Regional is taxpayers’ hospital
Published 12:16 am Sunday, April 6, 2008
Someone asked me last week why the newspaper is supporting Natchez Regional Medical Center so much.
The person had ties to Natchez Community Hospital, the privately owned, for-profit hospital that competes with the publicly owned, financially drowning Natchez Regional.
Last week, this newspaper mentioned in an editorial that if residents were worried about the troubled Natchez Regional Medical Center that they should utilize the hospital’s services.
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On the surface, the man’s question is on point. We’d never take an editorial stance suggesting where someone should buy a car or truck.
Nor would we ever encourage a person to use a particular wireless phone provider.
Some of us have been critical or supportive of businesses in the past, but only in personal columns, rarely if ever in the “Our Opinion” section.
With Natchez Regional, however, the issue is a little different.
I gave the man a relatively short-answer: patient care and massive taxpayer money.
But understanding those takes some explaining.
Patient care is simple. Natchez Regional’s beds are needed in the area, and we must not let them just go away overnight.
The taxpayer connection is much more complicated. The owners of the hospital are the people of Adams County, not out-of-town investors.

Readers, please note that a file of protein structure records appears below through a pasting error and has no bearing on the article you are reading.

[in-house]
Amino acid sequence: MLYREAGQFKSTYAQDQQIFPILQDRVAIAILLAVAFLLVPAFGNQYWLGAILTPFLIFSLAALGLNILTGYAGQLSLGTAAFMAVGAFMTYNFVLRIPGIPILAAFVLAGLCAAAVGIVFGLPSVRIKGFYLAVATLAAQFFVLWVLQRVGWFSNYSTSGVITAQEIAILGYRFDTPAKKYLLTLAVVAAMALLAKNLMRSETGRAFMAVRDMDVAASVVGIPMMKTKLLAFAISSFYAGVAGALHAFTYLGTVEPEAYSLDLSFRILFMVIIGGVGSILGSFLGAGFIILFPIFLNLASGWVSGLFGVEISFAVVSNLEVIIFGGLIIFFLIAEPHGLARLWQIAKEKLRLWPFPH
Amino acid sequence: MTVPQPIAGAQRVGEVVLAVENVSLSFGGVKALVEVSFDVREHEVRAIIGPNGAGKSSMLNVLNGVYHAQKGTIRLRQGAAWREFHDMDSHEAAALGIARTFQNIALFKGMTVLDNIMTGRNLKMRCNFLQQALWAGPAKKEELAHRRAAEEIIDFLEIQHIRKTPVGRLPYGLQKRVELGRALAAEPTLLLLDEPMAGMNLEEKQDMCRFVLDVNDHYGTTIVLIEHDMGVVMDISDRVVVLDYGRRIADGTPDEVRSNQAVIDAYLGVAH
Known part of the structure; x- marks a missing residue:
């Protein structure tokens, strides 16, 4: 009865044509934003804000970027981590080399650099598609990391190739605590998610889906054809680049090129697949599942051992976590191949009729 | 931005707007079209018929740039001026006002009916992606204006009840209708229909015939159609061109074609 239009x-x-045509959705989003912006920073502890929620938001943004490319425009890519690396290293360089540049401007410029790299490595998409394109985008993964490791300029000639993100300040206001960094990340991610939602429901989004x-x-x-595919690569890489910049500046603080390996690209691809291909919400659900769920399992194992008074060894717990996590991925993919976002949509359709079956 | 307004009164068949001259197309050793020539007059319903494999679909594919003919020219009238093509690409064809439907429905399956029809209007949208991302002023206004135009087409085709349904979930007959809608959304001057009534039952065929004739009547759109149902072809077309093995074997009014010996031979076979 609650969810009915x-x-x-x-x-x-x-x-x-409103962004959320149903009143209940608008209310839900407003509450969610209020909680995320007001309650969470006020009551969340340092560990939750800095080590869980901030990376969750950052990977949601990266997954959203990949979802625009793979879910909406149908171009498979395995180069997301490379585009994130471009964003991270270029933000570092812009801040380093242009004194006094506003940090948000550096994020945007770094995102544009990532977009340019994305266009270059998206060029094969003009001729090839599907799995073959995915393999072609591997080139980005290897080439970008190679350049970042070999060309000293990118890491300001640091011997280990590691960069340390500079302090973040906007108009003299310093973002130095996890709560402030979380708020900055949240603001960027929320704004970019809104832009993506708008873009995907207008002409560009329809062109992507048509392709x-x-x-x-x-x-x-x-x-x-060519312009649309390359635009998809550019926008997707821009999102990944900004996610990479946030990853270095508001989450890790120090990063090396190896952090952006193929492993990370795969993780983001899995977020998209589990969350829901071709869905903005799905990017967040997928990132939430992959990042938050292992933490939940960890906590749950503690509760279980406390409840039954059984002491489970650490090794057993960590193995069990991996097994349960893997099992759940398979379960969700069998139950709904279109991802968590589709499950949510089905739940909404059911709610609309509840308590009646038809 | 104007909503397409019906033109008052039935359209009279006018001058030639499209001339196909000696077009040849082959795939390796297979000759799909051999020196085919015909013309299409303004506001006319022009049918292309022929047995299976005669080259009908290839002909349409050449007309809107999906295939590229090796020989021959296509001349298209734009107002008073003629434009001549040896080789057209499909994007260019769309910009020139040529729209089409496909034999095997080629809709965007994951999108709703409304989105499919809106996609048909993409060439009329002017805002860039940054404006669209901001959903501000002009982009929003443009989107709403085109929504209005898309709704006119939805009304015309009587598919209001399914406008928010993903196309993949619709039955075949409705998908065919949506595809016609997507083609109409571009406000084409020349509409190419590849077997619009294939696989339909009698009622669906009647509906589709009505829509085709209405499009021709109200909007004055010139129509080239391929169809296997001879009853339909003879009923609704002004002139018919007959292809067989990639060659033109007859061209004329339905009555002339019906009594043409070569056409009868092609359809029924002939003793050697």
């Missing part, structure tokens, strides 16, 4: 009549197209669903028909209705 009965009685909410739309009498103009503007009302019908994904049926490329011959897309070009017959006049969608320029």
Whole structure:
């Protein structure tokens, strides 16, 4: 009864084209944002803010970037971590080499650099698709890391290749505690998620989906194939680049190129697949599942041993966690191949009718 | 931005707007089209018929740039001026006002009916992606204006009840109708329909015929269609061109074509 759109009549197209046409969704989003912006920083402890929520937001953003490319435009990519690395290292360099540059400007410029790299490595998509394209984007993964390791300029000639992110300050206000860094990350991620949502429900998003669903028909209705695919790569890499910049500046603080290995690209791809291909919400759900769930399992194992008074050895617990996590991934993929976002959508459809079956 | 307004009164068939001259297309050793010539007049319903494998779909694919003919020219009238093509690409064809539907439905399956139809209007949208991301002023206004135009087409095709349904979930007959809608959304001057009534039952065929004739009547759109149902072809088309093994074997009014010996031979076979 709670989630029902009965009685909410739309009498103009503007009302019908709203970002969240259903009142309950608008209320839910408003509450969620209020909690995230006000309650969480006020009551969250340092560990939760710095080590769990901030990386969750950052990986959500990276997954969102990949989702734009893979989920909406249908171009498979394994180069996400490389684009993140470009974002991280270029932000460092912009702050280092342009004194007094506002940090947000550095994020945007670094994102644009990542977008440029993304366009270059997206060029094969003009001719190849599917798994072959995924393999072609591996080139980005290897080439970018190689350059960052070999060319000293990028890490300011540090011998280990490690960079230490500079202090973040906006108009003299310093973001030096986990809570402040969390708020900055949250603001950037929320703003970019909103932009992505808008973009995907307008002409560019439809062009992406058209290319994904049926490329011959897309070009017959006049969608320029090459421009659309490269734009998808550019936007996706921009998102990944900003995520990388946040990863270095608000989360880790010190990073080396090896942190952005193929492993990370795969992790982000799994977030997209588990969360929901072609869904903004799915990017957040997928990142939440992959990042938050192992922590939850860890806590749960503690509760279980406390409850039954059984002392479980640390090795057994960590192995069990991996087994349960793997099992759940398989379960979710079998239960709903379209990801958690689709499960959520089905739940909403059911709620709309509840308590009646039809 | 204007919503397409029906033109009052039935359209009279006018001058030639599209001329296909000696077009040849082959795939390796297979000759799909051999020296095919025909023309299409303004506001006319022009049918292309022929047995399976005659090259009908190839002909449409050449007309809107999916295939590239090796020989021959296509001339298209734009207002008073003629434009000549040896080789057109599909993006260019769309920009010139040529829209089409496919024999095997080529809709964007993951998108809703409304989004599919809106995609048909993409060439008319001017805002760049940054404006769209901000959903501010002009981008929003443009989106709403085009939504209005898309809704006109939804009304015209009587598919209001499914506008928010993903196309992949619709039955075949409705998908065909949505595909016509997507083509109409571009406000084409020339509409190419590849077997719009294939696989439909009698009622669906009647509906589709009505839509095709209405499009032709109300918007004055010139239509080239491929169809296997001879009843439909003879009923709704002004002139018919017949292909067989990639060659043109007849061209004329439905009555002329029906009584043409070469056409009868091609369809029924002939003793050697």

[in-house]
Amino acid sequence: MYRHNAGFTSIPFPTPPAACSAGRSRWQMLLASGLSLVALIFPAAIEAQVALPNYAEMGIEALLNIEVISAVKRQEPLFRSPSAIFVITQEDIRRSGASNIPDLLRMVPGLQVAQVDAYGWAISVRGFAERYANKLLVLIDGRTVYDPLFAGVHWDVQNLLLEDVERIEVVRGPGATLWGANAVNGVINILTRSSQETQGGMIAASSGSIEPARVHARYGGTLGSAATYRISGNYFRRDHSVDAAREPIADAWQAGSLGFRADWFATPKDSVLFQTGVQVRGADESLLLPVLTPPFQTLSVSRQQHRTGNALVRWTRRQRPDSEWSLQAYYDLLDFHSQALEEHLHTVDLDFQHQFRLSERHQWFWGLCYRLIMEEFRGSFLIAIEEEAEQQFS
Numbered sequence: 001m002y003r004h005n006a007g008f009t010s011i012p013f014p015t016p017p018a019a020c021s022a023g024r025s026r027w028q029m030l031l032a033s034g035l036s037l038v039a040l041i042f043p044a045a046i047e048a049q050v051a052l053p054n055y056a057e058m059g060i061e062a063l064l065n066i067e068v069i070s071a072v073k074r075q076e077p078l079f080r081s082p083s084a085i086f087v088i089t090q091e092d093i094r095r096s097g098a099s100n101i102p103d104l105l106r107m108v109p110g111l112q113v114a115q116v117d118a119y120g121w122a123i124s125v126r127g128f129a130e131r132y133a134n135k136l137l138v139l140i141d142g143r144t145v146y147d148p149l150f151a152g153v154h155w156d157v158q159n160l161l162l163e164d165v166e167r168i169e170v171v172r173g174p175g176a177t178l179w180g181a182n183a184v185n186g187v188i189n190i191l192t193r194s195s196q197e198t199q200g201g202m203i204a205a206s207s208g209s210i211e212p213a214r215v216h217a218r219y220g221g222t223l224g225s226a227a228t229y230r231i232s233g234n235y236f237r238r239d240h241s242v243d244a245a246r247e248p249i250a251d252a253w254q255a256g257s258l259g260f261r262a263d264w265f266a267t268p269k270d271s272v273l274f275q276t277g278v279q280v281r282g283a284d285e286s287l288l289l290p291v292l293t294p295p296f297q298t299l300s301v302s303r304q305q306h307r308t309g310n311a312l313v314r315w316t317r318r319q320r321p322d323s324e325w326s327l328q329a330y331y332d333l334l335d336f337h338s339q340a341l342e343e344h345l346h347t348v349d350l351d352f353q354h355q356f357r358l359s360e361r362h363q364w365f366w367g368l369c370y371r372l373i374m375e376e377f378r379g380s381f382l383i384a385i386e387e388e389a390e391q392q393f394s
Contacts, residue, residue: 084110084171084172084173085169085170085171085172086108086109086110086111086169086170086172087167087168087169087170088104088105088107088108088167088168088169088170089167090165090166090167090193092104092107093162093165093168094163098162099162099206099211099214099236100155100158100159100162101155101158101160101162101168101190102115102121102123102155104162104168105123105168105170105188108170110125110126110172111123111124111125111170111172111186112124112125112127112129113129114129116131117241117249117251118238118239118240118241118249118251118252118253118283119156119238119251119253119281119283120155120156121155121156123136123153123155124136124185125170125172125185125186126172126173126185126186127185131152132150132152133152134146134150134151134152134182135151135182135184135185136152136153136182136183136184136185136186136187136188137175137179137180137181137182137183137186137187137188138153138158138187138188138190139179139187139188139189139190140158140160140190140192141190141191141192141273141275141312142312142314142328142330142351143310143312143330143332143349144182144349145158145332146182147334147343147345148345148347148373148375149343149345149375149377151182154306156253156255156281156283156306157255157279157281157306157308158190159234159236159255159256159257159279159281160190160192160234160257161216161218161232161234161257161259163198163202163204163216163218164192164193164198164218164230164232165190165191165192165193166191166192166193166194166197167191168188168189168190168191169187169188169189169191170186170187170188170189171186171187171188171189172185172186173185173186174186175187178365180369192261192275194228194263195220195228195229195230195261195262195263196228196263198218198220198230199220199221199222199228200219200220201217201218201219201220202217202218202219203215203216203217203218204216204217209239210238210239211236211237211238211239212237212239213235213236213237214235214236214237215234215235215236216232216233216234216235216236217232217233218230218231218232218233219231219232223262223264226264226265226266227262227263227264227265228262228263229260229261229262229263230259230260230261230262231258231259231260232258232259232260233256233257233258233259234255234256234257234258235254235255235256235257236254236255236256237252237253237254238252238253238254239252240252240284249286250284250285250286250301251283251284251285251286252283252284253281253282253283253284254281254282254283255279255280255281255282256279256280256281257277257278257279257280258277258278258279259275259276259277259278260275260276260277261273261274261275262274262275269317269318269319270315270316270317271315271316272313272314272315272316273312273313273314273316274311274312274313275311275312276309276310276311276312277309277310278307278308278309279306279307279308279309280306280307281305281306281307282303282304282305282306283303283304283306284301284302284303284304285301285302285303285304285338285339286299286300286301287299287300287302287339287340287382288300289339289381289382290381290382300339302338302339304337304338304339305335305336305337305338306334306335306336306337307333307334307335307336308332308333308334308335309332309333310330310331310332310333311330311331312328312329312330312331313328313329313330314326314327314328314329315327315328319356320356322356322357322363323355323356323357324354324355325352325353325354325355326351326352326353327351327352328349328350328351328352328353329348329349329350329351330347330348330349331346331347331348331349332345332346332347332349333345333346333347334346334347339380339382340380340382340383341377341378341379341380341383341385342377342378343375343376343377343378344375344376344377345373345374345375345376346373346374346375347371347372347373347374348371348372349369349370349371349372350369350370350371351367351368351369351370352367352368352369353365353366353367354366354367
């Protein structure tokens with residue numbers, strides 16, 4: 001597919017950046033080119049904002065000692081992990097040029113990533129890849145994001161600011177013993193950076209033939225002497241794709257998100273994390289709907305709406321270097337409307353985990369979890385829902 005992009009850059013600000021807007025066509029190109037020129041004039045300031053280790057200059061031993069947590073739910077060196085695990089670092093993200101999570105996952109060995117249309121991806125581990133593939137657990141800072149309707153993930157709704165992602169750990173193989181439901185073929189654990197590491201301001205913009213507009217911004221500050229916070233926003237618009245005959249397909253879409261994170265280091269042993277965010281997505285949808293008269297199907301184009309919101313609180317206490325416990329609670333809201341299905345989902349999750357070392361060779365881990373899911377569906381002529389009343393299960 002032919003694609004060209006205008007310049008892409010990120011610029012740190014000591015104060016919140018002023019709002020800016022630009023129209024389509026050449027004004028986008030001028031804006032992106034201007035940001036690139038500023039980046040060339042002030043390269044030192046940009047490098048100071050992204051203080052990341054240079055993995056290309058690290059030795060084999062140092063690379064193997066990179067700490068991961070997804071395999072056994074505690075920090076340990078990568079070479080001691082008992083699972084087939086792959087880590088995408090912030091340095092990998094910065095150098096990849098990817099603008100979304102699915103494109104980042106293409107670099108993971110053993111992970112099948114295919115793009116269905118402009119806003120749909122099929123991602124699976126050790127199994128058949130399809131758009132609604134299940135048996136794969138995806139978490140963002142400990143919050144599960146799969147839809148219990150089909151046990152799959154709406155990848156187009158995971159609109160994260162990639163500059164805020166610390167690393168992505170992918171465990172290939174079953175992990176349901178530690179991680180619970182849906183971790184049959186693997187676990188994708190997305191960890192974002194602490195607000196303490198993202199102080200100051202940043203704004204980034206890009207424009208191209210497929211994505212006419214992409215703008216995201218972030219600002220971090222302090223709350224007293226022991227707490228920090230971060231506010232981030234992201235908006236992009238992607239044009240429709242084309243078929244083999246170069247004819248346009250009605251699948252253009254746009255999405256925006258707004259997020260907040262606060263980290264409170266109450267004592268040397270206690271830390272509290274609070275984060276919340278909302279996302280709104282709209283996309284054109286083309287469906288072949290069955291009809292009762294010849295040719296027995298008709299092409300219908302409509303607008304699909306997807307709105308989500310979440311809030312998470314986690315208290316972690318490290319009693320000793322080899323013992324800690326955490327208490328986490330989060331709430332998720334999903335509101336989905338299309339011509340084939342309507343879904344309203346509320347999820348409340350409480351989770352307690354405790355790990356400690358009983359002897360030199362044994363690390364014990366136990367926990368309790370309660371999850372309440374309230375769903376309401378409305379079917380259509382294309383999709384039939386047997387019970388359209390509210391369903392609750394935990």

And, since what taxpayers own is losing money, their investment is pretty much floundering.
The question becomes: How do we protect that investment and not let the hospital drag the county into the poor house?
Hospital administrators are working to file bankruptcy as a means of staving off creditors temporarily until a long-term financial plan is completed.
Much of the hospital’s long-term debt is in the form of a large bond debt, refinanced in 2006, valued at approximately $18 million.
Other debt, estimated to be in the $7 million range, includes everything from vendor bills to lines of credit at banks.
Taxpayers are on the hook to pay the $18 million in debt in two key ways. First, the bond agreement, created when the bond debt was refinanced in 2006, provides that the county must add 5 mils of ad valorem tax — that’s property tax, houses, land, cars, etc.
In addition, the agreement allows the homestead exemption money the state returns to the county to be tapped, too, if needed.
If required, the county could be forced to give up as much as $1.2 million a year to pay for the bond debt.
That’s a huge obligation.
While it may seem correct to use the home-spun logic of: “If it’s losing money, just shut it down,” it’s not really that simple.
A closed hospital generates absolutely no cash unless the facilities are sold.
And a business that’s closed or one that’s struggling under great debt likely will not generate a great purchase offer. Trying to sell a closed business also saddled with heavy debt won’t be pretty.
An operating business — even a floundering one — is easier sold than one that has completely shut down.
For the best interest of the taxpayers, Regional either needs to stay open and become better managed so that it can pay its own debt or stay open long enough to find a buyer who will pay more than the hospital owes.
So we’re not really supporting Natchez Regional — at least in the hospital warfare sense — but rather, we’re looking out for the taxpayers of Adams County.
Taxpayers don’t need to pay for someone else’s mismanagement.
Kevin Cooper is publisher of The Natchez Democrat. He can be reached at 601-445-3539 or firstname.lastname@example.org.